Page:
The distinction between "hardware" and "software" load balancers is becoming less and less meaningful.  A hardware load balancer is a piece of purpose built network equipment with PC class CPUs, network interfaces with packet processing capabilities, and some software to bind it all together.  A software load balancer is one that is built on open, commodity based CPUs and network interface cards (NICs).  The software to bind it, however, is one that the enterprise can choose based on the necessary capabilities to meet the business needs.  With a hardware load balancer, your setup time, configuration time, and maintenance are reduced as you are paying a premium for your network vendor to do this.  A software load balancer is owned and maintained by you, but set to your specific needs.


Both work equally well with SAP IQ.


For a list of the most commonly used software based load balancers, follow this link:


Typically, data loading is isolated from queries so that loads do not degrade query performance and queries do not degrade load performance.  Data manipulation and loading should not go through a load balancer as we will lose the fine grained control of data loading and specific node placement of the load workload.


All data manipulation jobs (load, delete, update, ETL, ELT, etc.) should interact directly with the node, or nodes, that they require.  In order to meet the performance, latency, and SLA goals the jobs must interact directly with IQ.  Lastly, there are load options that require specialized syntax that can only be done on certain node types.  This is not possible with a load balancer acting as an abstraction layer between the load client and the SAP IQ node.


A load balancer is, generally, used with SAP IQ to isolate query workload or to distribute the query workload across multiple SAP IQ servers.  SAP IQ has features that can perform aspects of workload distribution.  They do not, however, fit every situation.


SAP IQ uses a feature called logical servers.  Logical servers provide resource provisioning for the SAP IQ multiplex by grouping a subset of computing resources (multiplex nodes) as a logical entity.  When you connect to a logical server and run a query, SAP IQ attempts to distribute the query execution to those nodes that are members of the logical server.  Not all queries can be run in a distributed fashion.  This will force users to a single machine for execution.  Logical servers do provide a way to move connections to a lesser used machine. If users connect to the same node, all connections that can run on that node continue to run on that node.  It is only when the node is saturated that a connection is moved to other nodes in the logical server.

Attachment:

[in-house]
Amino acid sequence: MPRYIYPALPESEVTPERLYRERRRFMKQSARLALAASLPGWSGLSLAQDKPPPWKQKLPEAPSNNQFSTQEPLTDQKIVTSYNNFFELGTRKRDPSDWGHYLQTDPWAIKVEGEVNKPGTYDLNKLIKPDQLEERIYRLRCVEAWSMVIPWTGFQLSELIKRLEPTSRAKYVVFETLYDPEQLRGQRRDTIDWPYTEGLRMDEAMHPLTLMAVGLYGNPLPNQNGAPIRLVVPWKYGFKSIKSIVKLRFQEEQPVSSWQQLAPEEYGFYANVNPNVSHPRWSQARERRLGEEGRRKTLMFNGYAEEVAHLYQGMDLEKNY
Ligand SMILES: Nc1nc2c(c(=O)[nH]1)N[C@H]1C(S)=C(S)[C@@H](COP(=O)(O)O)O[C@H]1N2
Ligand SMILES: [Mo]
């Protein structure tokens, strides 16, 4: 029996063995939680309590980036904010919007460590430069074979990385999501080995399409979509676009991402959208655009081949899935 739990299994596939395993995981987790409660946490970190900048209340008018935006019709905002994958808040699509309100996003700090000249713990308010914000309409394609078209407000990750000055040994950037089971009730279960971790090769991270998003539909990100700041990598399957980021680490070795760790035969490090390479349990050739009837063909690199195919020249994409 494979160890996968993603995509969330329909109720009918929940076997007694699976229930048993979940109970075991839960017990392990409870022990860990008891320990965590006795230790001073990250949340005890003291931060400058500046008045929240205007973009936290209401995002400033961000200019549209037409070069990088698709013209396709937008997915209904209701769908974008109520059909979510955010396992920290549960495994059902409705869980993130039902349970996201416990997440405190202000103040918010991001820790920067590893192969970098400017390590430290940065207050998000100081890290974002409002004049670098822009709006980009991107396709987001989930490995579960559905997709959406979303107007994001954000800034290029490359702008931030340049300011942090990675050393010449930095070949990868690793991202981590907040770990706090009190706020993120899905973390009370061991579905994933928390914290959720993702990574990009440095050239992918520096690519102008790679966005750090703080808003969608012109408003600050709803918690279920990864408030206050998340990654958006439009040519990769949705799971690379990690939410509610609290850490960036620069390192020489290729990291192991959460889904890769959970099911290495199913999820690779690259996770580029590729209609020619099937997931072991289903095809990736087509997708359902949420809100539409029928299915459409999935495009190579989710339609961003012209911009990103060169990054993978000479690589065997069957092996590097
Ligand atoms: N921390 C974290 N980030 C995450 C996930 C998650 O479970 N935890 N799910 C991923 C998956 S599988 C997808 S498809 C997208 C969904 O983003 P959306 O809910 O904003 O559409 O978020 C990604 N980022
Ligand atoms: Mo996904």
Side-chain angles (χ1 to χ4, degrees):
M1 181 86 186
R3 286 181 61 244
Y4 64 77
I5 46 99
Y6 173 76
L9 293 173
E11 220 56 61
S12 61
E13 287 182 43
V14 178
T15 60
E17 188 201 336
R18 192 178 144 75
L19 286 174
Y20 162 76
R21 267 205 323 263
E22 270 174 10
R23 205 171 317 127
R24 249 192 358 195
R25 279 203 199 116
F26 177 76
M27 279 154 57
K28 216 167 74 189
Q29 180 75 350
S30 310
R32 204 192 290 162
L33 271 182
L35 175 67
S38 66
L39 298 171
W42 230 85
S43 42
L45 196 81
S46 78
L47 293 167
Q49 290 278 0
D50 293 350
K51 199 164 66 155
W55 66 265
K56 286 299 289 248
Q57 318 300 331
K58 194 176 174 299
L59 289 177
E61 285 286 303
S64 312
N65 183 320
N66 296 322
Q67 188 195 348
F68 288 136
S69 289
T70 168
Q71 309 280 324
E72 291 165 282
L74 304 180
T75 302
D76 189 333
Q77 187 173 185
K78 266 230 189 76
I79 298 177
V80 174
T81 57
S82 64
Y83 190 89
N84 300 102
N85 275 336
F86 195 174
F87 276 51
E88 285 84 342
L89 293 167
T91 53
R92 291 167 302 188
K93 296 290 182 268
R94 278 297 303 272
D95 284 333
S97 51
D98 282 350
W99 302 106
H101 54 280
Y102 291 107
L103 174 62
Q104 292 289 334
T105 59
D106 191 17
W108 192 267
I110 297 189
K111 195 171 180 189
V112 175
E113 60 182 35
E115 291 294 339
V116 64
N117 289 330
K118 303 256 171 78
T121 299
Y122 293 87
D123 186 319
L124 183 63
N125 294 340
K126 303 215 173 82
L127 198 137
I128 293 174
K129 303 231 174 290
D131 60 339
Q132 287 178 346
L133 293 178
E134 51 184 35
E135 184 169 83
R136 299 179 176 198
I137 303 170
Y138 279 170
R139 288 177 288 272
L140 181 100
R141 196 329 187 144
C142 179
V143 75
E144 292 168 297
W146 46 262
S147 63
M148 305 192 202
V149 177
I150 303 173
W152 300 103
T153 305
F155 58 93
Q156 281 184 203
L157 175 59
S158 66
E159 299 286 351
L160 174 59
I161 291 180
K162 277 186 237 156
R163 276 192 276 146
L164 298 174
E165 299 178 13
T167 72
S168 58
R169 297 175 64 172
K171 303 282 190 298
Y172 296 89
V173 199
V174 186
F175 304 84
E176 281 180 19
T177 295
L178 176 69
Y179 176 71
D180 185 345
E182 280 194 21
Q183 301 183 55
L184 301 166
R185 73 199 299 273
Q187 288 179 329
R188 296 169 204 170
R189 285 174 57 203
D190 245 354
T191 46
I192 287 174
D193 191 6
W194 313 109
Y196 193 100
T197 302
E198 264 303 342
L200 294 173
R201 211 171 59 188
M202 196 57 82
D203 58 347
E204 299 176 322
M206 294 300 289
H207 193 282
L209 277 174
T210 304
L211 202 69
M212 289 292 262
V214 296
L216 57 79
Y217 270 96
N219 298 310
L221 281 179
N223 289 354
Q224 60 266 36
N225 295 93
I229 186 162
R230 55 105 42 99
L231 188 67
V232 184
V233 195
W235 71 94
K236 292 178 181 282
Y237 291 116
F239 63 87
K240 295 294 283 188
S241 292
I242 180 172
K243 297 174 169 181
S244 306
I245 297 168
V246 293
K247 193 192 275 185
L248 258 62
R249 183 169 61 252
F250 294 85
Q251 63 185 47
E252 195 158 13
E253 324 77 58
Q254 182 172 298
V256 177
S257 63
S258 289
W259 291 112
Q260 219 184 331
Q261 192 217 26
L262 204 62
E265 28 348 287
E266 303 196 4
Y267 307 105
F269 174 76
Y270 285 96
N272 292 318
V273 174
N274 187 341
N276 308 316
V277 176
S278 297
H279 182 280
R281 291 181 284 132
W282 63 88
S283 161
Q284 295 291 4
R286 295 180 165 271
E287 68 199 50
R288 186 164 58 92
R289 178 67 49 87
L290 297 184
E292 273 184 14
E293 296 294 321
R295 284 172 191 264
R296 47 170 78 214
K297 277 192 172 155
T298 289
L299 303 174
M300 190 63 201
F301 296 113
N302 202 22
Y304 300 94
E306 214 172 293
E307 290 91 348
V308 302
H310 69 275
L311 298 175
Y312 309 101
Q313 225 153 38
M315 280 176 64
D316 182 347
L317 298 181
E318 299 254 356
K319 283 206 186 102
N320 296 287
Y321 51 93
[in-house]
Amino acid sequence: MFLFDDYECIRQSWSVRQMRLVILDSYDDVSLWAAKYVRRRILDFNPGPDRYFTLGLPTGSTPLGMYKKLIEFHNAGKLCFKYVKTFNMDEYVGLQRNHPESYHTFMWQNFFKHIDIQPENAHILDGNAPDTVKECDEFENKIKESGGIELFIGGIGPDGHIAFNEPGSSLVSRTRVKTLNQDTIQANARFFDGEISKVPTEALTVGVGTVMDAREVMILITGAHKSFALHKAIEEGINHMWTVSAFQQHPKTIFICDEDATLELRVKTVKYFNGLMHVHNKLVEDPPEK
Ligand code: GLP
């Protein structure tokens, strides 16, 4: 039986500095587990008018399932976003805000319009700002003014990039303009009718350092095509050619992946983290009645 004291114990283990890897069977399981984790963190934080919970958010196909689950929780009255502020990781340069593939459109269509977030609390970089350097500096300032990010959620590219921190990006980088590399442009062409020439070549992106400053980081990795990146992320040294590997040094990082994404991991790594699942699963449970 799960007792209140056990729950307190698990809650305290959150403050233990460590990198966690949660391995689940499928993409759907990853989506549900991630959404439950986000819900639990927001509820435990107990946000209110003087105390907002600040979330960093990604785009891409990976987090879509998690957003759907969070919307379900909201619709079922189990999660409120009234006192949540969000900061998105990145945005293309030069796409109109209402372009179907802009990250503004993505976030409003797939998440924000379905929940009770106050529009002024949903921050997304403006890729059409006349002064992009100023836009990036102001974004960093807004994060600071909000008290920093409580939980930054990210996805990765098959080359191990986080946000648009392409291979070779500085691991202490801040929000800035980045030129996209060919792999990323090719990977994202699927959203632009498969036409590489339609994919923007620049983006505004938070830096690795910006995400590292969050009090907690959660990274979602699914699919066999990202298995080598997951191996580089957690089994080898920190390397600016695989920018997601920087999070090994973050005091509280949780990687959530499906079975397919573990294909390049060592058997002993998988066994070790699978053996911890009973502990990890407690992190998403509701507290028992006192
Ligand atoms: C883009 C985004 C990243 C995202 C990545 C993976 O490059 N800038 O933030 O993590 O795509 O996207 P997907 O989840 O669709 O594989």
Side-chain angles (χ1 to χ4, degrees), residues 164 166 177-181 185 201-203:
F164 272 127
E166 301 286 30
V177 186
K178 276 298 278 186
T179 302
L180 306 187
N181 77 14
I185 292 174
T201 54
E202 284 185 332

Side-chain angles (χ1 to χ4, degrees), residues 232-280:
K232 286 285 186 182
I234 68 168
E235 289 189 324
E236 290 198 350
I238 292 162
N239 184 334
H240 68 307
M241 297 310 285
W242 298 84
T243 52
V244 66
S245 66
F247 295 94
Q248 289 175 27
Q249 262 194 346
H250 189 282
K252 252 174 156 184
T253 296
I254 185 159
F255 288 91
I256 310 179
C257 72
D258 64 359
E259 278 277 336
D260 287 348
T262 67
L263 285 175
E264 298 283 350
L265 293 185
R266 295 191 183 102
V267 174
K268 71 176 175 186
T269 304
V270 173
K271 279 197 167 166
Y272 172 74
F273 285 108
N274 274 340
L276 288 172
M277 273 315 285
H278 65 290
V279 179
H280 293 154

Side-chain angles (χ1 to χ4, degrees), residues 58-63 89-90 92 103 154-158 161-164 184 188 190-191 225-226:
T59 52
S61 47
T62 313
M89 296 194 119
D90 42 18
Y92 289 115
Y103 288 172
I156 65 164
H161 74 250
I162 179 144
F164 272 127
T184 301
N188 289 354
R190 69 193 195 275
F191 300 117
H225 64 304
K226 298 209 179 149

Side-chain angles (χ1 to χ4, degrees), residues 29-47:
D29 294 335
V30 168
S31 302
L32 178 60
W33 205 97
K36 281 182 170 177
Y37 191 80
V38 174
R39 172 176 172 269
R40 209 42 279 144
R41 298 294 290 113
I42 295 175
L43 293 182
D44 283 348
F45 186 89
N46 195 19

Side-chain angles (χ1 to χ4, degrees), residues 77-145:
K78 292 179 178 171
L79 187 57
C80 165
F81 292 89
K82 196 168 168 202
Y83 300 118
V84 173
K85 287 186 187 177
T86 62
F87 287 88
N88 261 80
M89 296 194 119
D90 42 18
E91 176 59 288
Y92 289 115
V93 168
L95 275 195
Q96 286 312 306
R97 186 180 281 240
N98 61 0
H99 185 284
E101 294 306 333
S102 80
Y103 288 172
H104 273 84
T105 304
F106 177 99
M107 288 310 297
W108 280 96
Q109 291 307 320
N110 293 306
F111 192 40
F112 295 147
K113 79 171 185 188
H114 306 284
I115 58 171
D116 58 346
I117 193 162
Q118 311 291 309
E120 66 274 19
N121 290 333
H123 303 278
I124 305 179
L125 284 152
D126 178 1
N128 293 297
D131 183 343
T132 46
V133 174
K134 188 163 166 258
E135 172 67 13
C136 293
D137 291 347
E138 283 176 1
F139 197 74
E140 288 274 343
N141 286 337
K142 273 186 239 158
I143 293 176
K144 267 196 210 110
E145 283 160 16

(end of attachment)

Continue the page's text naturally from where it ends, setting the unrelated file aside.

The net of this architecture is that there is no built in load balancer, round robin or otherwise, that will attempt to evenly distribute the workload of multiple connections across different compute nodes.


A load balancer adds such a capability to SAP IQ.

Round Robin (simple or next in loop) Load Balancing

At their most basic, load balancers can simply apply round robin logic to distribute the workload across the SAP IQ servers.


Take the simple diagram below.  When user 1 connects to SAP IQ, it will be directed to node 1.  User 2 will be routed to node 2.  User 3 will be routed to node 3 and so on.

This type of distribution works for most use cases.  All query activity is directed to the virtual IP/hostname of the load balancer while all write activity is direct to each of the dedicated write nodes.


A traditional round-robin, or next in loop, implementation has the downside that all users, applications, queries, and connections are treated equally so that it is possible for two heavy duty queries to run on the same node while other nodes are not being used.  Again, this is not much of an issue for most SAP IQ customers due to the optimizer and how resources are allocated.  In SAP IQ, a single query on a node can consume all resources should the optimizer deem it necessary.  When a second query attaches to the node to execute, the runtime engine quickly shifts resources between both queries so that both share the entire system with equal priority.  When a query finishes, those resources are then distributed across the remaining jobs.  The goal is to keep all CPUs active across as many or as few jobs as are in the system at any point in time and do it dynamically.


Those that need finer grained control should look to the next few alternatives to be discussed.


There are other algorithms that enhance a simple round robin scheme.  Check the specifications of your hardware or software based load balancer for the specific algorithms supported.